Key eligibility criteria included histologically confirmed breast carcinoma, with recurrent or metastatic measurable or evaluable disease, adequate bone marrow reserves (white blood cell count of 4.0 × 109/L or greater and platelet count of 100 × 109/L or greater), adequate hepatic (serum bilirubin less than 20 mol/L) and renal function (creatinine less than 0.15 mmol/L), and an Eastern Cooperative Oncology Group (ECOG) performance status of 0 to 3. Key exclusion criteria were prior cytotoxic chemotherapy for recurrent or metastatic breast cancer, extensive radiotherapy, past history of other cancer, diabetes mellitus, congestive cardiac failure, and symptomatic coronary artery disease. All patients provided signed written informed consent.
Random assignment was performed centrally and balanced dynamically for the treating institution, performance status (ECOG PS 0 to 1 vs 2 to 3), and the presence of liver or brain metastases. Patients were randomly assigned to receive either mitoxantrone or CMFP. On treatment failure, crossover to the other treatment regimen was allowed as second-line therapy for all patients.
Mitoxantrone was given intravenously in a dose of 14 mg/m2, repeated every 21 days. CMFP consisted of oral cyclophosphamide 100 mg/m2 and oral prednisone 40 mg/m2 daily on days 1 through 14, with methotrexate 40 mg/m2 and 5-fluorouracil 600 mg/m2 administered intravenously on days 1 and 8 and repeated every 4 weeks.
Doses were based on surface area calculated from the lesser of ideal or actual body weight. Treatment was delayed until toxicities other than alopecia had resolved to grade 1 or lower. Subsequent doses of chemotherapy were routinely adjusted on the basis of pretreatment total white cell count (or, when available, on neutrophil counts at the nadir of each cycle) and platelet count.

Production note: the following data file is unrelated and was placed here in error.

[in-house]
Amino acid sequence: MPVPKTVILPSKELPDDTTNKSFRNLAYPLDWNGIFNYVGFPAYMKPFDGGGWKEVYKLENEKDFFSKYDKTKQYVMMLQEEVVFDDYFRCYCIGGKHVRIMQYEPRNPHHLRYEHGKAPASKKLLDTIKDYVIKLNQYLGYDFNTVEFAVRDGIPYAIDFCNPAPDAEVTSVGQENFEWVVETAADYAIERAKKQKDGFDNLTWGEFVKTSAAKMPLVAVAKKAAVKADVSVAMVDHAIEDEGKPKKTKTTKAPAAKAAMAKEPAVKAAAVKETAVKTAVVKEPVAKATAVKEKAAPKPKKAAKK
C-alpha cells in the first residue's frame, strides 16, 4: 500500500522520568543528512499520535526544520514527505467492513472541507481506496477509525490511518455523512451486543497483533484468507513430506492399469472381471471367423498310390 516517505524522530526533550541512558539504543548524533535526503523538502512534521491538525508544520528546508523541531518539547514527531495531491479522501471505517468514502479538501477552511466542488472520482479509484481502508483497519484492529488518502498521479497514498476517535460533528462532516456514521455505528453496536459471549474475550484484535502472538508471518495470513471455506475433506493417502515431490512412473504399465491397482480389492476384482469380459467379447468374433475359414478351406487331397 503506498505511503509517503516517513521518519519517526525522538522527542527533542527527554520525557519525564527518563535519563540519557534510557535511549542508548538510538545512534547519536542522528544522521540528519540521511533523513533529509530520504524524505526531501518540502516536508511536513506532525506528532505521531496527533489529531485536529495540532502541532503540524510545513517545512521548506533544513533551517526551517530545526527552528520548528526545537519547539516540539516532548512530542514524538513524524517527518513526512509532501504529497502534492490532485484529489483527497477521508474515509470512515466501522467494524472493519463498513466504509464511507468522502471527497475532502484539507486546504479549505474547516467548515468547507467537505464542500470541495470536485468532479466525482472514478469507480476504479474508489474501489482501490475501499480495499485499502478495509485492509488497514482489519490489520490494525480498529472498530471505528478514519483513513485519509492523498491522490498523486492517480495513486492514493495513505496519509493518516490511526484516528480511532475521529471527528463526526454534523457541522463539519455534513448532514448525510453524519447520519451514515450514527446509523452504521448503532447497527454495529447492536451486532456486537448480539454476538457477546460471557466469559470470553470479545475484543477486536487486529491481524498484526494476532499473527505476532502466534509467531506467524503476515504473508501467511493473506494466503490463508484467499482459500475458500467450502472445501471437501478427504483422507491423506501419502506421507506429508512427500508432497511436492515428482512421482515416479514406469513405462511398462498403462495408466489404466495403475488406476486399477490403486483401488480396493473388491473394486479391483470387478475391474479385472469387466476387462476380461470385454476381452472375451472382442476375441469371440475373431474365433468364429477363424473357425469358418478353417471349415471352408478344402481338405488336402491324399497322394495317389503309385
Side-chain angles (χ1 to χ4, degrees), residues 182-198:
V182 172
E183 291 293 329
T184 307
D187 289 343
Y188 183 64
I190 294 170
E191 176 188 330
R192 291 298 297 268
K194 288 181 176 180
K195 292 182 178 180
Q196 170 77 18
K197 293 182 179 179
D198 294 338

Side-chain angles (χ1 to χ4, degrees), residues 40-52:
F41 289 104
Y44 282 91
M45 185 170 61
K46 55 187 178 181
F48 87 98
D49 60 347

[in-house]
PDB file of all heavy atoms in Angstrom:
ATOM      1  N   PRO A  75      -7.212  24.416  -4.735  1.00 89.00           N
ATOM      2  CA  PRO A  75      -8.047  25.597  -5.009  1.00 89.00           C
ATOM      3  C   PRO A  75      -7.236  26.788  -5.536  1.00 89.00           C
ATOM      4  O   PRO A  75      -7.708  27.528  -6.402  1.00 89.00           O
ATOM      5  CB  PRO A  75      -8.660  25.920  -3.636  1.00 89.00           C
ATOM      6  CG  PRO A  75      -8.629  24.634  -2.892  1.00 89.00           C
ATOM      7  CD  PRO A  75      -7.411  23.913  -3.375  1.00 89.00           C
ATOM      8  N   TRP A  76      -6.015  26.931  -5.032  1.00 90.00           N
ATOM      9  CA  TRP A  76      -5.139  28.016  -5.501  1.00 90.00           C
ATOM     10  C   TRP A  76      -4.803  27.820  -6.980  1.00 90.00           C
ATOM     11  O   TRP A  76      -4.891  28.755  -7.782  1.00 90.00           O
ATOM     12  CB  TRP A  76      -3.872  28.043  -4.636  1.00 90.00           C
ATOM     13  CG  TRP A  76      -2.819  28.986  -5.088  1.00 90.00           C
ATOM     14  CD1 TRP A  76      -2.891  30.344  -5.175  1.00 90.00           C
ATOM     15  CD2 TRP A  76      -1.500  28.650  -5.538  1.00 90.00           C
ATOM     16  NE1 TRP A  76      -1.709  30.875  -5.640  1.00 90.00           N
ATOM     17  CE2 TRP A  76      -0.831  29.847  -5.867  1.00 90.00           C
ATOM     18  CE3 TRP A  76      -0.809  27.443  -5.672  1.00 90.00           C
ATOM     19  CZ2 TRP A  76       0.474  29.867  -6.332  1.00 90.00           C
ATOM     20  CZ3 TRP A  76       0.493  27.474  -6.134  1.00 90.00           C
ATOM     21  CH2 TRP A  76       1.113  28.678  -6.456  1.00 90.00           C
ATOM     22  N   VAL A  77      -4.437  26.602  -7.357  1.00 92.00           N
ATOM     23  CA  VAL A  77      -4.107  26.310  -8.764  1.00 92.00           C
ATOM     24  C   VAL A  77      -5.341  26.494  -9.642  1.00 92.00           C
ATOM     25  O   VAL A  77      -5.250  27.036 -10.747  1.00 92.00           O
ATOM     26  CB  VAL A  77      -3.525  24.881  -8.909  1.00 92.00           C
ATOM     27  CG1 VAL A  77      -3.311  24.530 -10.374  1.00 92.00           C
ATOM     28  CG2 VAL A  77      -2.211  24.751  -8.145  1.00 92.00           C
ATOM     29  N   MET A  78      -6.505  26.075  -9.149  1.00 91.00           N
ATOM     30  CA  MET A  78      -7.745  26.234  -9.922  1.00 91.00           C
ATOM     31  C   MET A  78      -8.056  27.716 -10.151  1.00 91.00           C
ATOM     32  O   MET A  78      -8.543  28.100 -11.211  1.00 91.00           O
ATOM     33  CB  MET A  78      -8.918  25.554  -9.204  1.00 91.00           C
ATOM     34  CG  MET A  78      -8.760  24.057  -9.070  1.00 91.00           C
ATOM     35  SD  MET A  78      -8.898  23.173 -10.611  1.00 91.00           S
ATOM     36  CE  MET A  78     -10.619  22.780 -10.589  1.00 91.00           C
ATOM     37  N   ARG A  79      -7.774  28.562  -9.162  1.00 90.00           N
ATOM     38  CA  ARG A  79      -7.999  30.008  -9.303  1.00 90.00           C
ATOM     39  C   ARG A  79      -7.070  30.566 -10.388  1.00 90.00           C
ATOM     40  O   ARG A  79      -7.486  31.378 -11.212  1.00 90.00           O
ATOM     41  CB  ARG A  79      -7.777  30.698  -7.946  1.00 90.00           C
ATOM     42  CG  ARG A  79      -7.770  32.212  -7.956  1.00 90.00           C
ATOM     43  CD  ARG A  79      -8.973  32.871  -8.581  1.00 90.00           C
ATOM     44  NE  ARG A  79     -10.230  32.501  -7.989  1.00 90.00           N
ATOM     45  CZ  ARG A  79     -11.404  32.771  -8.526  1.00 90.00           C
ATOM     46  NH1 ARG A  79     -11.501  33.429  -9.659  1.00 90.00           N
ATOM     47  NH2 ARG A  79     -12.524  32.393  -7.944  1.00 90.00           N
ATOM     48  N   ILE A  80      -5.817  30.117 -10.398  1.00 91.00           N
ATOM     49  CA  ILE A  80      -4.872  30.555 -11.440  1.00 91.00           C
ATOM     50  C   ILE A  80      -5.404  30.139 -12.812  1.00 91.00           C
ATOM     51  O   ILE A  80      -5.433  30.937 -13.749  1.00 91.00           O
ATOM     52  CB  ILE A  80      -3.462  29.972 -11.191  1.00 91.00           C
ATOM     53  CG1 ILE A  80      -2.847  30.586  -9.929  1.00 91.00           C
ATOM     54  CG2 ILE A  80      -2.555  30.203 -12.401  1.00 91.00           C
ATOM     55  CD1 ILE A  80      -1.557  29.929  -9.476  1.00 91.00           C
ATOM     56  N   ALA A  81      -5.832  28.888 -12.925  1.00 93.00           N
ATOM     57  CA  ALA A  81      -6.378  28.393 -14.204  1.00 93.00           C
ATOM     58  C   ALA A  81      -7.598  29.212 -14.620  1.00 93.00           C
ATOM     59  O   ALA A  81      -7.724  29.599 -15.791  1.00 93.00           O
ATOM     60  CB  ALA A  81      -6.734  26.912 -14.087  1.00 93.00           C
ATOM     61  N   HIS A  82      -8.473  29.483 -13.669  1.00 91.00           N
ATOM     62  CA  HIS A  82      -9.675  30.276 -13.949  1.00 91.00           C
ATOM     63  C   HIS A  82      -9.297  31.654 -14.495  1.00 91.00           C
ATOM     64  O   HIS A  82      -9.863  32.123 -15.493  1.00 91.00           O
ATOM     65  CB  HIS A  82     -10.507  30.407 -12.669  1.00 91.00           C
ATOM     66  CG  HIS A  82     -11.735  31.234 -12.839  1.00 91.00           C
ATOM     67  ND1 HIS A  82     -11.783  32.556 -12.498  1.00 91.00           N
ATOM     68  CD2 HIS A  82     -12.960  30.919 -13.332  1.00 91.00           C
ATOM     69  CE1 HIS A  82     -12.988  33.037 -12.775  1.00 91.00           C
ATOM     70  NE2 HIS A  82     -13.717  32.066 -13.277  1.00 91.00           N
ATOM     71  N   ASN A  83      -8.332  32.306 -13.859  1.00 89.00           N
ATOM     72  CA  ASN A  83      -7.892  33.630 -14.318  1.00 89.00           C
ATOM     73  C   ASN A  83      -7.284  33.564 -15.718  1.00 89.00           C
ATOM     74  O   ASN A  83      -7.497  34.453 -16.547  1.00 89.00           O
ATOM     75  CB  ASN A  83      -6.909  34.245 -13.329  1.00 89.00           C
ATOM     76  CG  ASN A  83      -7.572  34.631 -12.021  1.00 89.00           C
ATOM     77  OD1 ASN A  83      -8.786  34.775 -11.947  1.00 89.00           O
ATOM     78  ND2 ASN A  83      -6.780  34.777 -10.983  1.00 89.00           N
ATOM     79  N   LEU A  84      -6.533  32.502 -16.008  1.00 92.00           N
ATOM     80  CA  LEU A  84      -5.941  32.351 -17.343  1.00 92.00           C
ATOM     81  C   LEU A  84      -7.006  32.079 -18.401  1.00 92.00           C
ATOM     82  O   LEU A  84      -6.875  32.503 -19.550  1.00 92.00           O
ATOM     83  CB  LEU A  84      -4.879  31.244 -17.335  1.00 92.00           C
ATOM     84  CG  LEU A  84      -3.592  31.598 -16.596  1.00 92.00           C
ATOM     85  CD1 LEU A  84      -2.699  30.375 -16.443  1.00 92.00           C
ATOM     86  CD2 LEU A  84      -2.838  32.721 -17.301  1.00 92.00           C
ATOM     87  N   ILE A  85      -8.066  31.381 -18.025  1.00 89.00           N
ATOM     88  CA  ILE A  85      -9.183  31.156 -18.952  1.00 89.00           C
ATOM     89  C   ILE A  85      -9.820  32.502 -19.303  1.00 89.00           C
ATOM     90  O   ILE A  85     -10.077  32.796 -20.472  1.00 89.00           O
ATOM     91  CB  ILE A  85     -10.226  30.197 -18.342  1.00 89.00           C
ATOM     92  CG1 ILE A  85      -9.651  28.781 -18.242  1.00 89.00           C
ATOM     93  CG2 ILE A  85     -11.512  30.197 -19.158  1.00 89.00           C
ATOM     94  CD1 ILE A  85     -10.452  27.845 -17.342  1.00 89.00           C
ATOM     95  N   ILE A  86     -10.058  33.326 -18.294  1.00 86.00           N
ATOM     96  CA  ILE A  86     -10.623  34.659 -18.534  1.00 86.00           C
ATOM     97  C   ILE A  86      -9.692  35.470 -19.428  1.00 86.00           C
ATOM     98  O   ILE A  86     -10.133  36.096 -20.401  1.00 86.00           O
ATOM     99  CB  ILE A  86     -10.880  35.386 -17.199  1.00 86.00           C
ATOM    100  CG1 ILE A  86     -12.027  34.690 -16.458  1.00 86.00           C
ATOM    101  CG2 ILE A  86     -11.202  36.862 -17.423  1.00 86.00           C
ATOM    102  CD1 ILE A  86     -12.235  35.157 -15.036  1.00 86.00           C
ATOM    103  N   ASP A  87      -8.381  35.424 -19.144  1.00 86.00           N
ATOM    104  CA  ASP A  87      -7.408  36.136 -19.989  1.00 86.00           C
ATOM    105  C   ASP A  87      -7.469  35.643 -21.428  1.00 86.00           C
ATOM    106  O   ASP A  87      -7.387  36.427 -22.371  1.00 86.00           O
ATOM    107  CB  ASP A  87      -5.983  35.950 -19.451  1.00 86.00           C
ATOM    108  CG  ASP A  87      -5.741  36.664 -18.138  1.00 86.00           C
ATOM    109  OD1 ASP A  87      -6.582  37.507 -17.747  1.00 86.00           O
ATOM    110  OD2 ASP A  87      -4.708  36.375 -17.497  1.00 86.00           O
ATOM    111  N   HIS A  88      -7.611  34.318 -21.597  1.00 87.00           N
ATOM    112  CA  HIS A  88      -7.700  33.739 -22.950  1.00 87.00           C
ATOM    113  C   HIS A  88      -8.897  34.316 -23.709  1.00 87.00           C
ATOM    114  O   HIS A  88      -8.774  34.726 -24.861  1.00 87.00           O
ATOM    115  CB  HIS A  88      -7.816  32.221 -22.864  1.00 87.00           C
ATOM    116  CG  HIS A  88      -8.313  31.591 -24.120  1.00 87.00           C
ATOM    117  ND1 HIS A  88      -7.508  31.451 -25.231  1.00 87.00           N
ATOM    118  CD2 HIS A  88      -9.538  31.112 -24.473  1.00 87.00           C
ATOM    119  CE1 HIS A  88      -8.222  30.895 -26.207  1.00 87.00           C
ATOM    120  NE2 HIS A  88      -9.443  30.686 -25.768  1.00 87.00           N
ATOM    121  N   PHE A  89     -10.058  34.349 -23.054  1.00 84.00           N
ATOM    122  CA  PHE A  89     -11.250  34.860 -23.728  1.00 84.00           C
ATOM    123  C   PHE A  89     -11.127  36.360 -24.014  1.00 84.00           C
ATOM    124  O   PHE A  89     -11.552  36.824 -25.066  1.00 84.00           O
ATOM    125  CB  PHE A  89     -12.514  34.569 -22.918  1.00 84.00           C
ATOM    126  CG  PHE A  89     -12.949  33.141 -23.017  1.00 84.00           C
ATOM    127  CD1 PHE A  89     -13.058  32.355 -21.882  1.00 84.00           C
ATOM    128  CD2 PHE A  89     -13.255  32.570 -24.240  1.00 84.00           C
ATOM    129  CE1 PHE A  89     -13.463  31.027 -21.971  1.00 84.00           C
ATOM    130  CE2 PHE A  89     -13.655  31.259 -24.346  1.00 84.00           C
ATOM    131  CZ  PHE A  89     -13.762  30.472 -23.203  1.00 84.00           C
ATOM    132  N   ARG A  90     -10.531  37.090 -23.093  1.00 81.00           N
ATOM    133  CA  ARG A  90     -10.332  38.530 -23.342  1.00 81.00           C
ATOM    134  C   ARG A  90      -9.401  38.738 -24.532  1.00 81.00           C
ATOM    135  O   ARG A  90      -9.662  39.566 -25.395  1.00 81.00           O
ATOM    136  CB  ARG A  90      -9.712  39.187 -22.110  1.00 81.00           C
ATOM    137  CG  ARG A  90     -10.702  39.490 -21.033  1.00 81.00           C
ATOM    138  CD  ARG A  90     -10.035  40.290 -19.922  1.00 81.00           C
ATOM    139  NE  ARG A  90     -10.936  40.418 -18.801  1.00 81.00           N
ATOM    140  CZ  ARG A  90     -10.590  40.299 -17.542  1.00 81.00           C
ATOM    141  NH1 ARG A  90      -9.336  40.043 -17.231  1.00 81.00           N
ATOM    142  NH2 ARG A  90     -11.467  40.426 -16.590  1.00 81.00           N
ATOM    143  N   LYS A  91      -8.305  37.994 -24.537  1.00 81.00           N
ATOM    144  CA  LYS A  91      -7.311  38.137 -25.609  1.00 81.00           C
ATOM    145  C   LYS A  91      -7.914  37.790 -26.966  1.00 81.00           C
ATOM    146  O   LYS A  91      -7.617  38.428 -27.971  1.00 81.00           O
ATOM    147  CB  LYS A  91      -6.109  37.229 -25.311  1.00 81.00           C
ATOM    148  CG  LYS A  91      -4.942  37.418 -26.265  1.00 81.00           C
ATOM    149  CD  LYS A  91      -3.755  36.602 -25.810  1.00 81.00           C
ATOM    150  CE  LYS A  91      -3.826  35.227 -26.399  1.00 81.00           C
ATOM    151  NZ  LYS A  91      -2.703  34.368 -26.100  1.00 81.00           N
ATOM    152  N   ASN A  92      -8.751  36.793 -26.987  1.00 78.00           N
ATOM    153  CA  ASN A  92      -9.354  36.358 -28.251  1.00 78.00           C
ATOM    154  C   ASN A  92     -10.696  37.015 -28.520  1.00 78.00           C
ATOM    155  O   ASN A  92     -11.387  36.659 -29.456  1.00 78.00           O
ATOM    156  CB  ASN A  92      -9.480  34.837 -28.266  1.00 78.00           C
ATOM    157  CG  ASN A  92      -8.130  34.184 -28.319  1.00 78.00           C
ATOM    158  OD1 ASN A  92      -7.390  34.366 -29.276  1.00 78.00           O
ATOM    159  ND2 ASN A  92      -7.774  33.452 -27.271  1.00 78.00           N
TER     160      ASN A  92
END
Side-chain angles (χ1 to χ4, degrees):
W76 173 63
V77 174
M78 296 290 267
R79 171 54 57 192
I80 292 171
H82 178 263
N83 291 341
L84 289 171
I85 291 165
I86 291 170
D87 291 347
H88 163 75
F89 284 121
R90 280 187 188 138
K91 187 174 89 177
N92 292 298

The initial chemotherapy regimen was continued until disease progression, patient intolerance, or unacceptable toxicity. A maximum cumulative dose of 140 mg/m2 of mitoxantrone or a maximum 12 months of CMFP chemotherapy were recommended. However, beyond these times, further treatment was allowed at the discretion of the responsible clinician, with appropriate monitoring.
Patients were assessed before each cycle of chemotherapy: every 3 weeks for those receiving mitoxantrone and 4 weeks for CMFP. Adverse events were rated with the World Health Organization (WHO) criteria (Miller et al. 1981) after each cycle of chemotherapy. Computerized axial tomographic scans of the chest and abdomen and skeletal radionucleotide scans were performed at baseline and every 12 weeks until disease progression, or at an earlier time if disease progression was suspected.
The primary aim of this study was to determine whether a chemotherapeutic regimen of established efficacy but more toxicity is associated with an overall net clinical benefit measured in terms of quality-adjusted progression-free survival (PFS) and quality-adjusted OS. The aim of the ANZ 8614 trial was to compare the two randomized regimens in terms of PFS (defined as time from randomization to progression or death), OS (defined as time from randomization to death), objective tumor response (complete plus partial response), and QoL. The objective tumor response was classified according to the WHO criteria as complete response, partial response, no change, or progressive disease (Miller et al. 1981).
QoL was assessed before random assignment, before each cycle of chemotherapy up to 12 weeks, then every 12 weeks thereafter until death. Patients were asked to rate their QoL averaged over the period since their last assessment by using a series of linear analog self-assessment scales. We used the five linear analog self-assessment (LASA) scales developed by Priestman and Baum (Priestman and Baum 1976): physical wellbeing, mood, pain, nausea and vomiting, and appetite. We also used the general life quality scales (GLQ-8) of Coates and colleagues (Coates et al. 1990): feeling anxious/depressed, feeling sick, numbness, hair loss, tiredness, appetite/taste, sexual interest, the thought of having treatment, and an overall QoL index uniscale. In addition, at each of these times, the clinician completed the Spitzer QL-index (Spitzer et al. 1981).